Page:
- At Mobile World Congress, it’s all about 5G, IoT and smart devices while wearables take back seat
- Indonesia reaffirms commitment to use open data, tech to better serve citizens
IT was only yesterday that my colleague Anushia Kandasivam asked me on air, during DNA’s fortnightly Tech Talk hour on BFM, for my thoughts on the maturity of Malaysia’s startup ecosystem. She recalled that MaGIC CEO, Ashran Ghazi scored it a 7.5 out of 10 but he was comparing it with neighbouring ecosystem’s in South-East Asia (SEA). I would score the ecosystem at slightly above average at 5.5 on a global basis, not just in SEA.
And then today, another colleague, Sharmila Ganapathy-Wallace wrote a piece about what Chevy Beh, founder and CEO of BookDoc thought about the startup ecosystem – and Beh was unforgiving in his assessment, declaring that the ecosystem has vanished and zooming in, in particular on the lack of results so far.
He was especially critical of MaGIC (Malaysian Global Innovation and Creativity Centre), not in terms of their efforts, but specifically pointing to the lack of outcome from their efforts, especially from a funding standpoint. His contention seems to be that if the programmes by MaGIC were impactful, the startups would have been able to raise serious funding rounds.
Beh also seems to expect that the likes of Khazanah National Bhd, the sovereign wealth fund of Malaysia, should invest big in homegrown startups as well instead of only investing in overseas based ones. He feels the government has to demonstrate its commitment through making serious funding investments into home grown startups. Failing which, Beh thinks Malaysia can also forget about its digital economy ambitions.
While I don’t agree with his criteria for judging the ecosystem so poorly and his critique of MaGIC, I totally commend him for having the courage and conviction for going on the record with his frustrations/thoughts. I am sure his opinion will generate much discussion across the ecosystem. And that’s a healthy thing to keep the conversations grounded.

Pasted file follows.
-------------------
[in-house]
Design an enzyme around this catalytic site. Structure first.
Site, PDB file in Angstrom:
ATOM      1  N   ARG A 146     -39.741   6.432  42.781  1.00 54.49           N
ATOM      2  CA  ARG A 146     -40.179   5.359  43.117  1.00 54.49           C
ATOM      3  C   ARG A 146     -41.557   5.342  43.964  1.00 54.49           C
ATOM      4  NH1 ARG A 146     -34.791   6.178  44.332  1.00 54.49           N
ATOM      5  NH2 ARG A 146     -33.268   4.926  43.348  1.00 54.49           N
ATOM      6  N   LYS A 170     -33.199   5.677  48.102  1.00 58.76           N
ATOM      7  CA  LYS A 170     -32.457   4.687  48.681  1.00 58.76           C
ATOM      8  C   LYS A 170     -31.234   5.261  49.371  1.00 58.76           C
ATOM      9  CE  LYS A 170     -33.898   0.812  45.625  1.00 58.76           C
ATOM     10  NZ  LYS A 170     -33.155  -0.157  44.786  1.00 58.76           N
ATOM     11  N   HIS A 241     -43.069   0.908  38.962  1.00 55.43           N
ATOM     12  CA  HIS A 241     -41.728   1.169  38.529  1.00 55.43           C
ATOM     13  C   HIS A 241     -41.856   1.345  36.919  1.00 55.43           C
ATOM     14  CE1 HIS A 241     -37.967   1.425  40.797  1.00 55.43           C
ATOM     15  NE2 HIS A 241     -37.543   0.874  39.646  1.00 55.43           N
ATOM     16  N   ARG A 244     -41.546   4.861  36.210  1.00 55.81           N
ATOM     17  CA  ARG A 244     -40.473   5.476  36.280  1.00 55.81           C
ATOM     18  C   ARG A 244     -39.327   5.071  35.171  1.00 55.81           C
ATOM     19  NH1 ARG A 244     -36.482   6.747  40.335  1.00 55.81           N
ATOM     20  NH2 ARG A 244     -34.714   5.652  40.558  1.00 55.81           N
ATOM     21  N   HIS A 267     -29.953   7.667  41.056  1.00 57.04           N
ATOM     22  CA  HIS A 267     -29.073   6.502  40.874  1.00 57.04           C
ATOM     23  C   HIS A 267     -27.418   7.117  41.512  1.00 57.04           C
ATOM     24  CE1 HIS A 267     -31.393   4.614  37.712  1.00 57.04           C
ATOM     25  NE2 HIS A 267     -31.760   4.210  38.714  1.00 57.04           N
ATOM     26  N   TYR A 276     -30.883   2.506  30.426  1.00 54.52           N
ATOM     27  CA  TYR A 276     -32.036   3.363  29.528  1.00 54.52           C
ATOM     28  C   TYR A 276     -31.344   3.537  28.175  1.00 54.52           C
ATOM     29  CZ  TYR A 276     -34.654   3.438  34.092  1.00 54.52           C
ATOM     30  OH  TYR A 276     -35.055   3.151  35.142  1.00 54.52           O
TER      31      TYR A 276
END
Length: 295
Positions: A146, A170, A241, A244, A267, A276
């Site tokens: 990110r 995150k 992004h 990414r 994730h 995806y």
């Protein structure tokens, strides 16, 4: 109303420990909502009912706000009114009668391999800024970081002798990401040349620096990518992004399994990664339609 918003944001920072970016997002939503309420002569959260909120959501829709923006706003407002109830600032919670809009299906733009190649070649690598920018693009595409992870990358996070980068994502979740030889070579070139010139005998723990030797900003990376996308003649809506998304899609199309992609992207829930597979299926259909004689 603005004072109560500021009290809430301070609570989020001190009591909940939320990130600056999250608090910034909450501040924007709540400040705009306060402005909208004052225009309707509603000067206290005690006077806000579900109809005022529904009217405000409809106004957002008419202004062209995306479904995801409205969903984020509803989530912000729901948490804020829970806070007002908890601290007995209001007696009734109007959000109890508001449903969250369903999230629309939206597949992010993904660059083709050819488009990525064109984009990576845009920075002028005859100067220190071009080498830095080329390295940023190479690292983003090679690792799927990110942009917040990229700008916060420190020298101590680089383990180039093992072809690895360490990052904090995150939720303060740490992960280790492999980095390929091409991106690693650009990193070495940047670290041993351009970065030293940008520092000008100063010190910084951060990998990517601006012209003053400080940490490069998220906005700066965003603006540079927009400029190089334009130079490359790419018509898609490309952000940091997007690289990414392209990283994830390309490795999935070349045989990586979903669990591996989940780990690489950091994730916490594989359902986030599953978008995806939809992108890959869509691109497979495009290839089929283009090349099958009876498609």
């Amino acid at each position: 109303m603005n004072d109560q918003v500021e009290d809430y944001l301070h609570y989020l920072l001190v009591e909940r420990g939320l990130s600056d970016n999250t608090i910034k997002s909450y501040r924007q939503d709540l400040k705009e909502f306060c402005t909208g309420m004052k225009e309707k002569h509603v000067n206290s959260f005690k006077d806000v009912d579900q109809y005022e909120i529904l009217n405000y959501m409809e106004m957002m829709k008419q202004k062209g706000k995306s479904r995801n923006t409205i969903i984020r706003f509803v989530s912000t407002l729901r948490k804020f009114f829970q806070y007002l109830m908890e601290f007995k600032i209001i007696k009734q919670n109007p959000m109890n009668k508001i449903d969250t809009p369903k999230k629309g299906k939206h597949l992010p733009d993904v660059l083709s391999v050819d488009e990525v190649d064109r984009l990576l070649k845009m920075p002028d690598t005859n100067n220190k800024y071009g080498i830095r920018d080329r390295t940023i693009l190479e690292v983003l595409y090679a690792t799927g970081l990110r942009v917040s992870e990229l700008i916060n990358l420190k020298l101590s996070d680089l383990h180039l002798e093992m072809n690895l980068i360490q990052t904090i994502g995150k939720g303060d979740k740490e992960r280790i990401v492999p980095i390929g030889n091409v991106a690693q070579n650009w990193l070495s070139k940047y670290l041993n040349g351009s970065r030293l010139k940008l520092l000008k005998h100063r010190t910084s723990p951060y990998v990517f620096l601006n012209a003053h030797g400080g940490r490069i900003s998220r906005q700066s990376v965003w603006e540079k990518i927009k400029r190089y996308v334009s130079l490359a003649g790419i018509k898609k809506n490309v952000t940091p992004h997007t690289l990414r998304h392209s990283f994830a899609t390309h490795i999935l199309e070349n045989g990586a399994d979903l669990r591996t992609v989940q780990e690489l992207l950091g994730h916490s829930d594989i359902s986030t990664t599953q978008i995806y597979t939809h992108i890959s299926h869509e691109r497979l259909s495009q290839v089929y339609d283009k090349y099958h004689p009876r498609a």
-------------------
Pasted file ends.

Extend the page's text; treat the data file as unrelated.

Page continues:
Another healthy development is happening in Indonesia where the government is determined to start using more data in helping it make decisions. It has also been honest in admitting that the efforts to push towards open data and the harnessing of technology remains sluggish and incomplete but that it is determined to move forward.
As its Minister of National Development Planning, Bambang Brodjonegoro, acknowledged – the government needs to act faster to meet citizens demands.
“The ability of policymakers to take advantage of various data sources, including digital and social data, can help the government to make decisions faster, and more accurately.”
Even in Malaysia, when I interviewed a senior civil servant in December, I heard the same thing about the desire of government to use data more extensively to help it make better decisions relevant to citizens. Hopefully both governments can execute well and stay the course.
On the telco scene though, it seems like the industry is looking to chart a new course from 4G to 5G. As my colleague Chong Jinn Xiung, reported from Barcelona where Mobile World Congress just ended, 5G was hot as was Internet of Things, which telcos and vendors tout will be a seamless experience when delivered over 5G. Er, that’s what we were promised about 4G as well and my own 4G experience has been below average to say the least.
Here’s hoping the Malaysian regulator comes down hard on average to below average 4G services delivered by the operators here.
Speaking of regulators, I urge you to read the interesting compilation of 2016 legal cases in Malaysia around the world of digital that our Digerati50, Foong Cheng Leong has painstakingly researched and put together for our reading pleasure.
I would love to read about the Singapore experience as well. Hopefully, I can find someone who has done similar research over there. Do drop me a line if you know of someone.
And with that, I wish you a restful weekend and a productive week after.
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